Vol 10, Issue 4, November 2023

Animals in Search of Stimulation and Information: A Review of over 10 years of our Research on Spontaneous Exploration in Rats as a Response to Novelty in Low-Stress Paradigm


Pisula, W., & Modlinska, K. (2023). Animals in search of stimulation and information: a review of over 10 years of our research on spontaneous exploration in rats as a response to novelty in low-stress paradigm. Animal Behavior and Cognition, 10(4), 287-303.  https://doi.org/10.26451/abc.


This article comprehensively reviews our studies that analyzed novelty-related behaviors in rats. We developed and utilized techniques and equipment during these studies to ensure our findings' high ecological validity. We allowed rats to explore a testing apparatus freely, and after a long habituation phase consisting of multiple trials, we introduced non-emotionally arousing changes. The research shows that rats demonstrate enhanced abilities in processing and responding to heightened environmental complexity, as evidenced across various studies. Conversely, when environmental complexity diminishes, rats exhibit reduced exploratory behaviors and decreased cognitive effort despite the adaptive importance of such behaviors. Of particular interest is the observation that rats exhibit greater sensitivity to emerging opportunities in contrast to their limited responsiveness to diminishing ones, unveiling a novel facet of the animal mind that warrants further investigation. The influence of individual experiences before testing sessions on the processing of sensory input in terms of complexity is also determined. Our studies highlight the noteworthy impact of environmental unpredictability versus stability on cognitive development, affecting behaviors like food neophobia and exploration. Furthermore, the social environment during development holds wide-ranging implications for individual characteristics, necessitating continued research and refinement of our understanding in this domain. Moreover, the studies recognize strain and species differences in novelty-related behavior, primarily characterized by quantitative variations that do not overshadow the animals' coping strategies in response to environmental changes. Additionally, curiosity is portrayed as an active approach to seeking and processing environmental affordances, with exploratory behaviors fulfilling this cognitive and motivational need. The authors underscore the significance of ecological validity in test methodologies, particularly in designing environments that authentically invite and encourage pertinent behavioral responses. In summary, this research enhances our insight into rat cognition, underscores the role of curiosity, and underscores the imperative of ecological validity in experimental design, ultimately advancing our comprehension of animal behavior and cognition.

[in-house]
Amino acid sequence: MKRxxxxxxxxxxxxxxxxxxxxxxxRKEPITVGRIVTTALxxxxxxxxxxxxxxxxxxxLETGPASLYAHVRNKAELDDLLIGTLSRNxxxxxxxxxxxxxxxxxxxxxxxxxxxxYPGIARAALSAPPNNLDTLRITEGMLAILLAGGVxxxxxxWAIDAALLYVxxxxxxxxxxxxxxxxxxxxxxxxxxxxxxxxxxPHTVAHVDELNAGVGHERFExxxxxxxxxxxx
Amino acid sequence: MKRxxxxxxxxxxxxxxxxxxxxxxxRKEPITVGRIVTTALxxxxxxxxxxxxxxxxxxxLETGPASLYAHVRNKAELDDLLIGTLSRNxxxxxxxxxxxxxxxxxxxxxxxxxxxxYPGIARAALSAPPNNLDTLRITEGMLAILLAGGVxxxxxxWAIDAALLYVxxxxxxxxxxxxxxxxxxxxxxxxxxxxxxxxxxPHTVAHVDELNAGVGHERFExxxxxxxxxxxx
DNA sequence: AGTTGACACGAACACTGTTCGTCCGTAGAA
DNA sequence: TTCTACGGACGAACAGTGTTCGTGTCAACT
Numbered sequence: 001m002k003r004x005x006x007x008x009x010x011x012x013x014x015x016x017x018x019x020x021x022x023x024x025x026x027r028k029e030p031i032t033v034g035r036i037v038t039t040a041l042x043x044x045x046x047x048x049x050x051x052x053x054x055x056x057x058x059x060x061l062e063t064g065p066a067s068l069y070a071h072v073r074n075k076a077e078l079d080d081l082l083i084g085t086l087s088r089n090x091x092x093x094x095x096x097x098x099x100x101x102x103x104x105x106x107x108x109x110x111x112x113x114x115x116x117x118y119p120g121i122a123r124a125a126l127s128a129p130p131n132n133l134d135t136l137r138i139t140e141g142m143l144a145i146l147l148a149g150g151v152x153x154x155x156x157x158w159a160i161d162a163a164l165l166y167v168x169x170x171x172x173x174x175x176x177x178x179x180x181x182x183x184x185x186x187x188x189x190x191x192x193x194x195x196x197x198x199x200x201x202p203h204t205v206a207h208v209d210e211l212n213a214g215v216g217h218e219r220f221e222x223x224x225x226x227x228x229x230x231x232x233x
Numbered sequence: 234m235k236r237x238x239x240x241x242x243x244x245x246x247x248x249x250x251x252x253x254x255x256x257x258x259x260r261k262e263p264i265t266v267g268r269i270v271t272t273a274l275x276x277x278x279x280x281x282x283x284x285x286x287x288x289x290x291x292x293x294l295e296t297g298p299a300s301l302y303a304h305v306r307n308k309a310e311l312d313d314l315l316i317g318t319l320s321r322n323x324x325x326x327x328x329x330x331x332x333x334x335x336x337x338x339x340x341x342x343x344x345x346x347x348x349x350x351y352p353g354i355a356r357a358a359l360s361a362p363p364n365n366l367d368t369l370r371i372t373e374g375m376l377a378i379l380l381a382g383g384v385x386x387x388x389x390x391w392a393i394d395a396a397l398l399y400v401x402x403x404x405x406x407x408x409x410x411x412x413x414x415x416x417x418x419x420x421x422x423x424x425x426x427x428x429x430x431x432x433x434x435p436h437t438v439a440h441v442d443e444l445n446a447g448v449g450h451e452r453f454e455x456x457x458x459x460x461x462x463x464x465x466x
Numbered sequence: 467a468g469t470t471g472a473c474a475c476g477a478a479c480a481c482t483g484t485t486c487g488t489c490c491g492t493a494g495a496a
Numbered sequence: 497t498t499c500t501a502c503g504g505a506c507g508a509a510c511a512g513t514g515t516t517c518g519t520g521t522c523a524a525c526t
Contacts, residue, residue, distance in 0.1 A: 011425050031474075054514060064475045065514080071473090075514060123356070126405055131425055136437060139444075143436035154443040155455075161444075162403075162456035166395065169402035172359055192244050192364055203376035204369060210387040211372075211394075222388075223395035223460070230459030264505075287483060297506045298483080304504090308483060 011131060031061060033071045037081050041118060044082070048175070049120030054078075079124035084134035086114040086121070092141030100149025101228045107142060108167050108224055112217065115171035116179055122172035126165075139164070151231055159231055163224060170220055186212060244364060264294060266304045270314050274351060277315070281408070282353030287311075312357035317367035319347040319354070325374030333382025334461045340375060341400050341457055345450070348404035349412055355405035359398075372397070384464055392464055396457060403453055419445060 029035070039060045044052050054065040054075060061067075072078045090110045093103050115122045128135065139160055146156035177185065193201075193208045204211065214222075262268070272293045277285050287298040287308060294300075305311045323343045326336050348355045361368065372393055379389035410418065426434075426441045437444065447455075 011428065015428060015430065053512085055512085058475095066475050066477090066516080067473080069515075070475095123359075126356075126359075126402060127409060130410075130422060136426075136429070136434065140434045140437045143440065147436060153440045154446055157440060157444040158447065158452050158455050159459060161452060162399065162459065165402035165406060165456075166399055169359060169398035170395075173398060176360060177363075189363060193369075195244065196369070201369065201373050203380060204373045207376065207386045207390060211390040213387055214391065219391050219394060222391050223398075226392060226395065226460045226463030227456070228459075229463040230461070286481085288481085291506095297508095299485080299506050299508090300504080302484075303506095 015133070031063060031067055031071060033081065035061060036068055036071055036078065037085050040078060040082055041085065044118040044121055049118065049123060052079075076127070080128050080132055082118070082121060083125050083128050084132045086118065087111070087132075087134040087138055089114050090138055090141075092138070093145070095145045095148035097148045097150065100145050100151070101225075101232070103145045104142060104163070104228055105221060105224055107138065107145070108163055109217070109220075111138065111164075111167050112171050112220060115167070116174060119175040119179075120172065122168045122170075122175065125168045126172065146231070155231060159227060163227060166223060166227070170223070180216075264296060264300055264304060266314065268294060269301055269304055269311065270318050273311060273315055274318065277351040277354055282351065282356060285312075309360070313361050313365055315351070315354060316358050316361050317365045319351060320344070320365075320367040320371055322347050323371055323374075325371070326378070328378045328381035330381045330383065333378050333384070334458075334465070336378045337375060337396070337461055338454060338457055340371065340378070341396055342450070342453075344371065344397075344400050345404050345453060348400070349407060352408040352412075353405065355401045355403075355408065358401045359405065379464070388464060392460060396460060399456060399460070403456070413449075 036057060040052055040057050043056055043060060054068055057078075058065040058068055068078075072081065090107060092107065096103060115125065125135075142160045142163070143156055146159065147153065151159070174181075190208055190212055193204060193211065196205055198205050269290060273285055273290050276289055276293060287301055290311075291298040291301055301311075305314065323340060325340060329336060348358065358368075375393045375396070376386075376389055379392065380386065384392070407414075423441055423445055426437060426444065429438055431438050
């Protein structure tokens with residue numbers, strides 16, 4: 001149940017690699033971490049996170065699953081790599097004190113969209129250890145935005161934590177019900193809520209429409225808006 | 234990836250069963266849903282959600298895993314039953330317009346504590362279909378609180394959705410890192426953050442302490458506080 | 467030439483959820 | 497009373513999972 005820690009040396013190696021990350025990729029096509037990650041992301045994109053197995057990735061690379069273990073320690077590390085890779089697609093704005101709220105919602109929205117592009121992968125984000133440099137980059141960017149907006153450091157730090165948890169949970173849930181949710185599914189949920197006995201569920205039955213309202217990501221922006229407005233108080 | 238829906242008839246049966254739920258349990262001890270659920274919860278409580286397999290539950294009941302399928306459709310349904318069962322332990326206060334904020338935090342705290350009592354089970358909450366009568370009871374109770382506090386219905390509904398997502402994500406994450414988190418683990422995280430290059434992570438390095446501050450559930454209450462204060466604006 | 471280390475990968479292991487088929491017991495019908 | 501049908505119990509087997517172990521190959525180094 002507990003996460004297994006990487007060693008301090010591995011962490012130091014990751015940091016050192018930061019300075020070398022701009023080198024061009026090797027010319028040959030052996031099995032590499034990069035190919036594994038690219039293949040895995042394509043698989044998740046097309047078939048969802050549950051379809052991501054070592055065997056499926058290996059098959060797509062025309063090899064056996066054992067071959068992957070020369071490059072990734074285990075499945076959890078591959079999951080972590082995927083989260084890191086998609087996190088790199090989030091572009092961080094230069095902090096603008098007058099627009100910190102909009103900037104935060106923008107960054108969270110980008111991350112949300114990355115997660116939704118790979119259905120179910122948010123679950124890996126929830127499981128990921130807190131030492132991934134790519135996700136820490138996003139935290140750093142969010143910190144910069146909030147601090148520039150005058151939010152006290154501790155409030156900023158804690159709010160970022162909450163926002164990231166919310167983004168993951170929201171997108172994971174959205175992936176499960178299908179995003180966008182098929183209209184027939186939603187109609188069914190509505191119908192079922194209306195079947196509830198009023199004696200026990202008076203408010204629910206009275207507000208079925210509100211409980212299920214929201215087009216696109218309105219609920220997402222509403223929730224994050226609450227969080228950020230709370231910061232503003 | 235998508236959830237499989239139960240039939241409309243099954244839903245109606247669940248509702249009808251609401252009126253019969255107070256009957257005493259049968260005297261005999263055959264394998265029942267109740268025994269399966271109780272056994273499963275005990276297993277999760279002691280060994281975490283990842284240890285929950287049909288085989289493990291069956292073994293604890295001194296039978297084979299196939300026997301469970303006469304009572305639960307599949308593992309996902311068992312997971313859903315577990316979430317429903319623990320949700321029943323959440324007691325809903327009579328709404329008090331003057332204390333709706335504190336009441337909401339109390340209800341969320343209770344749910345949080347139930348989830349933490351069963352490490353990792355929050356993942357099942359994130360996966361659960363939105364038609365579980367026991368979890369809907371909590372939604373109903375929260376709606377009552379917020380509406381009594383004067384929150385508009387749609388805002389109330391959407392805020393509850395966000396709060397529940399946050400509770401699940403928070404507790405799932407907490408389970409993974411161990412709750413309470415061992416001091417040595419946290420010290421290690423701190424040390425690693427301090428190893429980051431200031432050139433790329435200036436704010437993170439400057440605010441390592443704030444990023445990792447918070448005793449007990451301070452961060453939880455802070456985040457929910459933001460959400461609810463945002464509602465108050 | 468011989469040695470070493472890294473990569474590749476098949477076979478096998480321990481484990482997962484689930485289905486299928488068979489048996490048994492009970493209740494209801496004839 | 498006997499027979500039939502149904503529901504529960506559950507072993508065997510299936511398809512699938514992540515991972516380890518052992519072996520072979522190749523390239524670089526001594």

Curiosity, Exploration, Reaction to novelty, Rats, Environmental enrichment, Environmental complexity, Social play, Learning